Schools can’t charge extra money from parents

Schools can’t charge extra money from parents

By Mushtaq Ahmad Jan (Compiled by Ahmed Shaaban)

Published: Mon 30 Jul 2012, 9:01 AM

Last updated: Tue 7 Apr 2015, 12:39 PM

My daughters are studying in an Indian school here. Without prior information, the school is collecting money other than tuition fee, for a magazine, SMS fees and stationary fees. Is this legal? If no, to whom should I complain?

Generally, a school should not charge any money in addition to what is mentioned in the fee schedule, as approved by relevant authorities.

In the UAE, private schools can’t charge whatever they want from the parents. For instance, in Dubai, the Knowledge and Human Development Authority (KHDA) is governing the fee structure of the private schools. Therefore, before any hike in fee or charging any amount from the parents, the school must take approval for the same.

Likewise, each emirate has its own regulatory authority which governs the affairs of private schools including fees.

Article 9 of the UAE Ministerial Resolutions No. 29 of 2008 describes the parameters for charging fee by private schools, which states: “the ministry will determine the tuition fee of a private school at the opening of the school and thereafter every three years.”

Therefore, the school cannot charge any extra money without the approval of the relevant authority. You may raise the complaint with the Regulations and Compliance Commission at the Knowledge and Human Development Authority (KHDA) in case of Dubai or to any councils and educational zones in other emirates, the address of which may be obtained from the UAE Ministry of Education. You can also file a complaint via email with the ministry at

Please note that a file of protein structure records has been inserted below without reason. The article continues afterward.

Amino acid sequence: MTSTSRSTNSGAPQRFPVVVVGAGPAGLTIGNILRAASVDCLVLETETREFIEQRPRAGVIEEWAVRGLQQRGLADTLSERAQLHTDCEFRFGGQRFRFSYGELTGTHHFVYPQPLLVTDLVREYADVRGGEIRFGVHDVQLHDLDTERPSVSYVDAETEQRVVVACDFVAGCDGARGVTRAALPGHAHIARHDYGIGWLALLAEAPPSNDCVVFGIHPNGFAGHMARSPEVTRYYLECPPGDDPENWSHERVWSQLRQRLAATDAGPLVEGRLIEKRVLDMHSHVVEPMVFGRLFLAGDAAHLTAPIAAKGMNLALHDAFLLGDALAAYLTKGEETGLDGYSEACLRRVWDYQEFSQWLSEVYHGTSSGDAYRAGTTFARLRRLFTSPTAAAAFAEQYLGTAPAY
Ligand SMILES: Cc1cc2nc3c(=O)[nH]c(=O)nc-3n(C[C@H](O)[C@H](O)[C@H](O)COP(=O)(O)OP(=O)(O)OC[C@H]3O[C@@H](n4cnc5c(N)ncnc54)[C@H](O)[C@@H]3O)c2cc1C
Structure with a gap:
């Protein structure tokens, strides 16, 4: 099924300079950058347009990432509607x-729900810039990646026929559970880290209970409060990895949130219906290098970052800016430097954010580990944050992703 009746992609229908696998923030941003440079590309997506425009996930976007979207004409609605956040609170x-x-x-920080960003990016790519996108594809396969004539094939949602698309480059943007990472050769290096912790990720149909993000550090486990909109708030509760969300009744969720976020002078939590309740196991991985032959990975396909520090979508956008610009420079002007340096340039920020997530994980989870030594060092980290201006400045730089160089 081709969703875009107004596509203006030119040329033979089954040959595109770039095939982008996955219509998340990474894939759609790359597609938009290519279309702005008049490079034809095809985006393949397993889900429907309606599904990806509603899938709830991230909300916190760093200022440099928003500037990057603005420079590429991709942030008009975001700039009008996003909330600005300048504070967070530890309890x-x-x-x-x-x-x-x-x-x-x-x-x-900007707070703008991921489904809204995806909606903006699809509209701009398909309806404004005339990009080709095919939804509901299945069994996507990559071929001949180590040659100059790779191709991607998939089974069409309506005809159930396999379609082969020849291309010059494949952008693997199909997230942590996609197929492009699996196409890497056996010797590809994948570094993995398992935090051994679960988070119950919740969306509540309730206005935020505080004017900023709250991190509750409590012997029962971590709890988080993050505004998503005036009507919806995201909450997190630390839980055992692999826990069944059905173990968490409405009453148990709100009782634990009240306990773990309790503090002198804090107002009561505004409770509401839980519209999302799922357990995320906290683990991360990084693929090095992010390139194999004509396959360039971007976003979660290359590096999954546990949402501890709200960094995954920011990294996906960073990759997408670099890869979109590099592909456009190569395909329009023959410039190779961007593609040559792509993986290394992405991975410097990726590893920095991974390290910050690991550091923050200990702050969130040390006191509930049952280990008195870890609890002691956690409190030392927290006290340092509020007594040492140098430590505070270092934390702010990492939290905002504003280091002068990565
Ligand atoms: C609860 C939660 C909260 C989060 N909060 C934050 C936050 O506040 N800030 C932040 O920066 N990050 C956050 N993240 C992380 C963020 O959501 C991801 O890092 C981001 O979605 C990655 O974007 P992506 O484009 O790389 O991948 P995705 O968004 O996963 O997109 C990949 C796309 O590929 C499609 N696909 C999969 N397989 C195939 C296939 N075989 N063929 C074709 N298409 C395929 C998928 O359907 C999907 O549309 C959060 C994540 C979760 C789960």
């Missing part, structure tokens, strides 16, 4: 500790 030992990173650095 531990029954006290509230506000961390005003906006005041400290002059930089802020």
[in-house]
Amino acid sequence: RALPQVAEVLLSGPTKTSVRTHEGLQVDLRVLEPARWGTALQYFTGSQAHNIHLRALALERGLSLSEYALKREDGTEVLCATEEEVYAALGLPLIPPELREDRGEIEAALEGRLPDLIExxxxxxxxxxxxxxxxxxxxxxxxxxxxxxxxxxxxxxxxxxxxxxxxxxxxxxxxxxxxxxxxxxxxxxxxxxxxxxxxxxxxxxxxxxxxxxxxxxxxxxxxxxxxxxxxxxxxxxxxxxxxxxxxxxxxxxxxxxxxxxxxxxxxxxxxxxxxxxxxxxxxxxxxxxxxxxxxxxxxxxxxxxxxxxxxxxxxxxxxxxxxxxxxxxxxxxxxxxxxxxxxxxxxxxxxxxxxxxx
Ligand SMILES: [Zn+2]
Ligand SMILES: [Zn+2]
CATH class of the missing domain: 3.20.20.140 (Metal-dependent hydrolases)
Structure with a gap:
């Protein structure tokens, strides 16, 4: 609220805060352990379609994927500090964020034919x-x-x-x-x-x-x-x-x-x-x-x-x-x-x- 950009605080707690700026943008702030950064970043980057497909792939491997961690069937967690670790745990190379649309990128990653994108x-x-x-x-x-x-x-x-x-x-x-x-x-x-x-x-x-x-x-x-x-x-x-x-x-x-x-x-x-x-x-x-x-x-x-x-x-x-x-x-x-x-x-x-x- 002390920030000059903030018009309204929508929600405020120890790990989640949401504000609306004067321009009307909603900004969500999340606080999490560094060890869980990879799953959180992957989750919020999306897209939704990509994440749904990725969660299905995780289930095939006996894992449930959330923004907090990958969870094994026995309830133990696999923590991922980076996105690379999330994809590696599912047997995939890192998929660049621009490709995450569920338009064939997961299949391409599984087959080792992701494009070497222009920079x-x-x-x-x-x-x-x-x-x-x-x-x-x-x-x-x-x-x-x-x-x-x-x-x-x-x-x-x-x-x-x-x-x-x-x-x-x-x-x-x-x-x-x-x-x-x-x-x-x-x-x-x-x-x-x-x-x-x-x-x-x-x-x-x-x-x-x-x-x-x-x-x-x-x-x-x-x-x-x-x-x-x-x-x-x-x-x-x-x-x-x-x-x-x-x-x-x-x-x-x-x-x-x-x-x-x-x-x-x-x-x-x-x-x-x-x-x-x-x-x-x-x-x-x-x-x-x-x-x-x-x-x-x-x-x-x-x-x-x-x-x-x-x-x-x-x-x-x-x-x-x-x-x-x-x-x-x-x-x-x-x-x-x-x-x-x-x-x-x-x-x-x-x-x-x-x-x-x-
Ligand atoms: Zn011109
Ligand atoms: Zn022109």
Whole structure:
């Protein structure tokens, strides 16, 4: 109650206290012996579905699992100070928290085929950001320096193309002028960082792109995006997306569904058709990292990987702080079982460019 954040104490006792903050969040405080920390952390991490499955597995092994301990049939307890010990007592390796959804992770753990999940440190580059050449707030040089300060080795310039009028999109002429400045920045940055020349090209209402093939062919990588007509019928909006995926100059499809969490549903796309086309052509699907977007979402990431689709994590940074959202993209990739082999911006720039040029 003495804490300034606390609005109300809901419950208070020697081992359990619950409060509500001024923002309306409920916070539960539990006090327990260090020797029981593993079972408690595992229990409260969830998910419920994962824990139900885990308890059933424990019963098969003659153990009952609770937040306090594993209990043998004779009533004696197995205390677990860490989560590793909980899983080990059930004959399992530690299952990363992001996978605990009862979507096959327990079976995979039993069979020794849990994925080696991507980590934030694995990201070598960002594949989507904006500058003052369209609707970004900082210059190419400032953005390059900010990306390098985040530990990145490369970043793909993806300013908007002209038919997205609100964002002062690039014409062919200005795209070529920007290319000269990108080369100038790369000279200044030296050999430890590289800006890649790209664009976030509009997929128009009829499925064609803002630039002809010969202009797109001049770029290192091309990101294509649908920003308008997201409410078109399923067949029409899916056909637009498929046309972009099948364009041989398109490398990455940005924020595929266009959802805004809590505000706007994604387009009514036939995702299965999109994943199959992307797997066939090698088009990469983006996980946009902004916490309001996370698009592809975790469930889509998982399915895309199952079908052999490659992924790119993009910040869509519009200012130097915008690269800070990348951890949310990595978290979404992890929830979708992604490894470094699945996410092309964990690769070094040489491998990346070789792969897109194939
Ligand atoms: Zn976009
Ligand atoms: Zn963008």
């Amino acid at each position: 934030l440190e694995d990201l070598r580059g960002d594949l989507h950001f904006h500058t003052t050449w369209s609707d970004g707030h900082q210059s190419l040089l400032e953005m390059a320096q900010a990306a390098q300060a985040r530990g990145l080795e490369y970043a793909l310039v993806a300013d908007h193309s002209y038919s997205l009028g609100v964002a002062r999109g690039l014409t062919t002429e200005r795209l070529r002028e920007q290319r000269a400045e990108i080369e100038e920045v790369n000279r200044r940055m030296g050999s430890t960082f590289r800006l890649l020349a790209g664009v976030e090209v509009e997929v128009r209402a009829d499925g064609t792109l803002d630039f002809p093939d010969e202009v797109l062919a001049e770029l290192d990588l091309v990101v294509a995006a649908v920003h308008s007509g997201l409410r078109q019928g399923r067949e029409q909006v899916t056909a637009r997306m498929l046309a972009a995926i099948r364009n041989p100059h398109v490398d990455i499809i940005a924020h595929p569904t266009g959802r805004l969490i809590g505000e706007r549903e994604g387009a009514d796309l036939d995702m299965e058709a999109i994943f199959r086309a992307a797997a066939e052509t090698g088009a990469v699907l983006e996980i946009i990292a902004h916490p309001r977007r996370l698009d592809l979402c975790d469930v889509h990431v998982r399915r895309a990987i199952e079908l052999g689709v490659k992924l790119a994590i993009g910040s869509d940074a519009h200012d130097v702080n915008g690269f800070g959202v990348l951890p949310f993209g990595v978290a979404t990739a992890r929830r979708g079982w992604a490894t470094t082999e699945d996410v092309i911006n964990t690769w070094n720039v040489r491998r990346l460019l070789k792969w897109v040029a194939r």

End of service benefits

I have been working in a shipping company for around seven years. I will be 60 years’ old by the first week of November. As far as I know, the Labour Law states that Dh5,000 need to be deposited to stamp the employment visa after 60 years. Now, I have been offered a job by one of the companies and they need my service urgently.

Can I resign now from my present company and join the new organisation? Would it affect my gratuity and other terminal benefits? Is this 60-year retiring age limit applicable in other GCC countries?

Since you have completed more than two years with your current company, you can resign the job any time with a thirty-day notice as per Article 117 of the UAE Labour Law or otherwise in accordance with the terms and conditions provided in your employment contract.

Furthermore, your resignation from your current employment will not affect your gratuity and other end of employment benefits. At the time of resignation, you will be entitled to full gratuity in accordance with Article 132 of the UAE Labour Law.

According to the said article, “The employee who has completed one year or more in continuous service is entitled to the end of service benefits at the end of his service at the firm. Days of absence from work without pay are not included in computing the period of service, and the remuneration is to be calculated as follows:-

1. Twenty one days’ pay for each year of the first five years of service.